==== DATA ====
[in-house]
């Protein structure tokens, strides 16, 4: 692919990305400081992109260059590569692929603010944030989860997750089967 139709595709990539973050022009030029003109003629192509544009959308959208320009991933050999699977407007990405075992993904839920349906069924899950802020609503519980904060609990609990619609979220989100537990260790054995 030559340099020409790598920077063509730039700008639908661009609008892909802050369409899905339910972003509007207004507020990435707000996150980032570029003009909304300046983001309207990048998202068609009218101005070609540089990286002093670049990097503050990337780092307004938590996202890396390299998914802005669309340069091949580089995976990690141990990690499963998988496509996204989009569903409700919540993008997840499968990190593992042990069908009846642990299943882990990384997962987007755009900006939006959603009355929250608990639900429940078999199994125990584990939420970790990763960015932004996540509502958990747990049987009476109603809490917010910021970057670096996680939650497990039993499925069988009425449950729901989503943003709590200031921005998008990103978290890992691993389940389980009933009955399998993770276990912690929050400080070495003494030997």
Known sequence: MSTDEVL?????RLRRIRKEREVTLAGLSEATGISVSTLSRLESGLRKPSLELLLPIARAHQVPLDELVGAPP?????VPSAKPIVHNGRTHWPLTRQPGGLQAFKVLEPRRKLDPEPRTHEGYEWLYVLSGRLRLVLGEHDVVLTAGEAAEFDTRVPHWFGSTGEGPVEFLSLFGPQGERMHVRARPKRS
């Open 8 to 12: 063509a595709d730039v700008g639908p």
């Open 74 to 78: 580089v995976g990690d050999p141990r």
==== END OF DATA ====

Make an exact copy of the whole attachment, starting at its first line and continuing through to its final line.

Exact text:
[in-house]
């Protein structure tokens, strides 16, 4: 692919990305400081992109260059590569692929603010944030989860997750089967 139709595709990539973050022009030029003109003629192509544009959308959208320009991933050999699977407007990405075992993904839920349906069924899950802020609503519980904060609990609990619609979220989100537990260790054995 030559340099020409790598920077063509730039700008639908661009609008892909802050369409899905339910972003509007207004507020990435707000996150980032570029003009909304300046983001309207990048998202068609009218101005070609540089990286002093670049990097503050990337780092307004938590996202890396390299998914802005669309340069091949580089995976990690141990990690499963998988496509996204989009569903409700919540993008997840499968990190593992042990069908009846642990299943882990990384997962987007755009900006939006959603009355929250608990639900429940078999199994125990584990939420970790990763960015932004996540509502958990747990049987009476109603809490917010910021970057670096996680939650497990039993499925069988009425449950729901989503943003709590200031921005998008990103978290890992691993389940389980009933009955399998993770276990912690929050400080070495003494030997």
Known sequence: MSTDEVL?????RLRRIRKEREVTLAGLSEATGISVSTLSRLESGLRKPSLELLLPIARAHQVPLDELVGAPP?????VPSAKPIVHNGRTHWPLTRQPGGLQAFKVLEPRRKLDPEPRTHEGYEWLYVLSGRLRLVLGEHDVVLTAGEAAEFDTRVPHWFGSTGEGPVEFLSLFGPQGERMHVRARPKRS
């Open 8 to 12: 063509a595709d730039v700008g639908p």
């Open 74 to 78: 580089v995976g990690d050999p141990r």